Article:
Middle East Eye / October 2, 2022
Israeli officials hail decision by hotel-booking website, which they say came after ‘discreet and effective dialogue’.
The alert, which came into effect on Friday, has been softened after the website initially planned to tell users that “visiting the area may be accompanied by an increased risk to safety and human rights or other risks to the local community and visitors”.
After pushback from Israeli officials, the new warning instead urged customers to review their government’s travel advisories before booking in the area, “which may be conflict-affected”.
Omar Shakir, Human Rights Watch director for Israel and Palestine, said the alert was a “warm welcome” but more needed to be done.
“To stop contributing to grave rights abuse & apartheid, they should stop brokering rentals in unlawful settlements,” Omar Shakir said.
The Israeli foreign ministry welcomed the softening of the warning on Saturday, which it said came after “discreet and effective dialogue” with the online travel agency, according to the Ynet news website.
Israeli Prime Minister Yair Lapid also hailed the effort, which he said was part of a policy “to maintain a constant political effort against false anti-Israel propaganda”.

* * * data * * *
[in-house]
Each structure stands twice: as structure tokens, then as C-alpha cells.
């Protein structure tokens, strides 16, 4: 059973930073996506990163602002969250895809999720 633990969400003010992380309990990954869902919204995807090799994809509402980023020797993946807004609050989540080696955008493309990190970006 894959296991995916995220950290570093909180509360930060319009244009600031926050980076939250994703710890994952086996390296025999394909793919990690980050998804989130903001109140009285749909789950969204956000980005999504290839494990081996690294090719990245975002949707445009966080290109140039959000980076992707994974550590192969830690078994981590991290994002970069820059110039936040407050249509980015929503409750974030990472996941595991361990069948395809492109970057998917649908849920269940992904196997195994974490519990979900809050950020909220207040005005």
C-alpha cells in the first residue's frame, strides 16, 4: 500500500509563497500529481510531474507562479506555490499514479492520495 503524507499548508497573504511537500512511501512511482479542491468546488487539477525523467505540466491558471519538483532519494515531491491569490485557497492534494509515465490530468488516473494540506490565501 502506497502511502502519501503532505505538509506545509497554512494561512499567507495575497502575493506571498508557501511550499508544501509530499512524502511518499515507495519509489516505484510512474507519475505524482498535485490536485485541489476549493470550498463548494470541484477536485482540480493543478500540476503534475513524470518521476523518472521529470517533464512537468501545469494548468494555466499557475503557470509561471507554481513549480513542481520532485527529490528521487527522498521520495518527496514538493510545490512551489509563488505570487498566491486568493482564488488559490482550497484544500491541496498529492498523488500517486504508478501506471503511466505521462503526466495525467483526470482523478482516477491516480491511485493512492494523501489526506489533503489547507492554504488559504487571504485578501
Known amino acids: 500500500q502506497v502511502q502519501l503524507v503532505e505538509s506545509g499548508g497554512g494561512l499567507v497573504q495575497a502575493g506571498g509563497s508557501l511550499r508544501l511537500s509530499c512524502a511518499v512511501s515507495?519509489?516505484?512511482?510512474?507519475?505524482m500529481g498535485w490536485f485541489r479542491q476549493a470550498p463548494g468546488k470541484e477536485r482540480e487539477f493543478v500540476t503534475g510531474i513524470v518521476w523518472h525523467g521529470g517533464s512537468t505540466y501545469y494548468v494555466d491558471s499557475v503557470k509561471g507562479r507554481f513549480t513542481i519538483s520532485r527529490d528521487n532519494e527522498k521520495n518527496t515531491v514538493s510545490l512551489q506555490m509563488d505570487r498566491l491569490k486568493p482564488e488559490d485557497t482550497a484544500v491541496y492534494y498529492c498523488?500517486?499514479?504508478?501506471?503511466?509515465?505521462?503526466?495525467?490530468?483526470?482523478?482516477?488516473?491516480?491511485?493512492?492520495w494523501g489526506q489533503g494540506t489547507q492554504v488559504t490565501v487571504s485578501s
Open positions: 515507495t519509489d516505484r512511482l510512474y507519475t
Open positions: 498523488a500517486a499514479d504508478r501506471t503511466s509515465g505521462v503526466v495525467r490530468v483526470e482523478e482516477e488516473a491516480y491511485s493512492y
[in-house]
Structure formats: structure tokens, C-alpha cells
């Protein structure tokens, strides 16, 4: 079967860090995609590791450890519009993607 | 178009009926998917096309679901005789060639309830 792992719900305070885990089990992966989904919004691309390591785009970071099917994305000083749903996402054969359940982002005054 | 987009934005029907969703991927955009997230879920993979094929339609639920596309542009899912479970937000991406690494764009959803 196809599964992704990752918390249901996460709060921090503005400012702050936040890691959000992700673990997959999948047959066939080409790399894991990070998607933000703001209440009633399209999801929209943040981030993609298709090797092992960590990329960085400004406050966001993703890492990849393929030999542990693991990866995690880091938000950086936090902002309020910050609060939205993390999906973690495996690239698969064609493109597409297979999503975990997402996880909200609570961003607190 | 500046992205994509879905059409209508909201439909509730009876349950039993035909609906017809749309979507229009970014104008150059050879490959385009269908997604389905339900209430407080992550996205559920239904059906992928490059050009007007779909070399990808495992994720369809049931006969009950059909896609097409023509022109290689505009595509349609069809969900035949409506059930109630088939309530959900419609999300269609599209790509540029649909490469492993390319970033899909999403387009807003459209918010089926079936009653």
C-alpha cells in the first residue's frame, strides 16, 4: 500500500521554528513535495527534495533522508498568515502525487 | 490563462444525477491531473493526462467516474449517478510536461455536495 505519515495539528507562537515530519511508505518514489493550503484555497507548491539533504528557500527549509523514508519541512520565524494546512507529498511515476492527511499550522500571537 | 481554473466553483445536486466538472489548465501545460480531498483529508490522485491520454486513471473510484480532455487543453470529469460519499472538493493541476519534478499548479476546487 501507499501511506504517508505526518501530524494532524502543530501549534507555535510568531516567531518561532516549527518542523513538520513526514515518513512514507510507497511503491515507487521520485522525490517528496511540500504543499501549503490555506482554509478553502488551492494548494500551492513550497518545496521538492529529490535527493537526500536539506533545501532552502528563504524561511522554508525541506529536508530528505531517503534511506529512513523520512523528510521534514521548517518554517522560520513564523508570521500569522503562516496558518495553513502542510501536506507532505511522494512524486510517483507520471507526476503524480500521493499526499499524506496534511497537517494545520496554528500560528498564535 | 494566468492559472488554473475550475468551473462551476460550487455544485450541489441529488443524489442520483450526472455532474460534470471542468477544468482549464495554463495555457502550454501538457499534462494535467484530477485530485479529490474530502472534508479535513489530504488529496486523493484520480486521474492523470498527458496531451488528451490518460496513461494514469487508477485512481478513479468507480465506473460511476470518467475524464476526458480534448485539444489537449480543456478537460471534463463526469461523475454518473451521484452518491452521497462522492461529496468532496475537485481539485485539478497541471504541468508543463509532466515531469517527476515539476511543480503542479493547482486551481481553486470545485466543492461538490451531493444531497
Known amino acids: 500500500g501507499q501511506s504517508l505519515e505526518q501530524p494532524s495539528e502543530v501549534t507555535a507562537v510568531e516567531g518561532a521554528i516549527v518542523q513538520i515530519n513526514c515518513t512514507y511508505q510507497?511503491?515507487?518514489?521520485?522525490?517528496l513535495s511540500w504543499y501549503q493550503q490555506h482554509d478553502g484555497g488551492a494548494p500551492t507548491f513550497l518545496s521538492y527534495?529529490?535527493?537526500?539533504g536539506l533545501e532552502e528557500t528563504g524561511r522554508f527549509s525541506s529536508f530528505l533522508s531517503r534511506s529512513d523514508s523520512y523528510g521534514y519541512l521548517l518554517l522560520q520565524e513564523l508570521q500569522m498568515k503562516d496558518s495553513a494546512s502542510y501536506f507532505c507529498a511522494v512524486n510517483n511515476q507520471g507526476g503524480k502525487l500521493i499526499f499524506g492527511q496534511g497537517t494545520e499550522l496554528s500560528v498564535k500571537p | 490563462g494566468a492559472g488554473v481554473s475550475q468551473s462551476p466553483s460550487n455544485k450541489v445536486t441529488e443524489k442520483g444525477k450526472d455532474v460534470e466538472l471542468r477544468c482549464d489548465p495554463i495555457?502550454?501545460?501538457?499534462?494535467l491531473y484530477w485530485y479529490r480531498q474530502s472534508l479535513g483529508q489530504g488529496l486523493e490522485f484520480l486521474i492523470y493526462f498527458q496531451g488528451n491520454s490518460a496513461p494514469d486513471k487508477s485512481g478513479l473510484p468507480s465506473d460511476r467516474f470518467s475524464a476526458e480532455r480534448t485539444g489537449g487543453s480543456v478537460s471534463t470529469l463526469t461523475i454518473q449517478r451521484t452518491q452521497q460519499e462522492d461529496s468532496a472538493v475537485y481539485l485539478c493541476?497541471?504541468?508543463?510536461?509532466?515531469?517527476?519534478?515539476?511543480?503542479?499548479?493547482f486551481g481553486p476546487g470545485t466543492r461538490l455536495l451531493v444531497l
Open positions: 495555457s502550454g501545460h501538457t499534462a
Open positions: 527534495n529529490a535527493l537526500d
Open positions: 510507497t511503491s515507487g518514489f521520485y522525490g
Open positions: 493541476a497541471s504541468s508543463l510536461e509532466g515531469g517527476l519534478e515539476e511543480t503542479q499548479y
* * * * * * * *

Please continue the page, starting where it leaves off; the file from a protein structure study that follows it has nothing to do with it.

Booking.com announced it would introduce a new warning two weeks ago. It said it applied to all listings in conflict zones worldwide and aimed to “make it easier for every person to experience the world”.
“In accordance with this goal, we are attempting to ensure that our clients have the information needed in order to make decisions about destinations they wish to visit,” Booking.com told Israeli newspaper Haaretz.
“Certain areas in the world affected by conflict may pose a greater risk to travelers, so we provide our customers with information to help make decisions and encourage them to check their government’s official travel guidelines as part of the decision-making process.”
Israel occupied the West Bank and Jerusalem’s eastern neighbourhoods, including the Old City, in the 1967 Middle East war. Since then, it has settled hundreds of thousands of its citizens in the territories in contravention of international law.
Booking.com rival Airbnb previously planned to delist properties in Israeli settlements, but in 2019 backtracked on the decision and said it would take no profits in the territory, instead donating proceeds to international humanitarian aid organizations.
According to Israeli NGO Peace Now, more than 450,000 Jewish settlers live in the West Bank alongside 2.8 million Palestinians. Another 230,000 Jewish settlers live in East Jerusalem.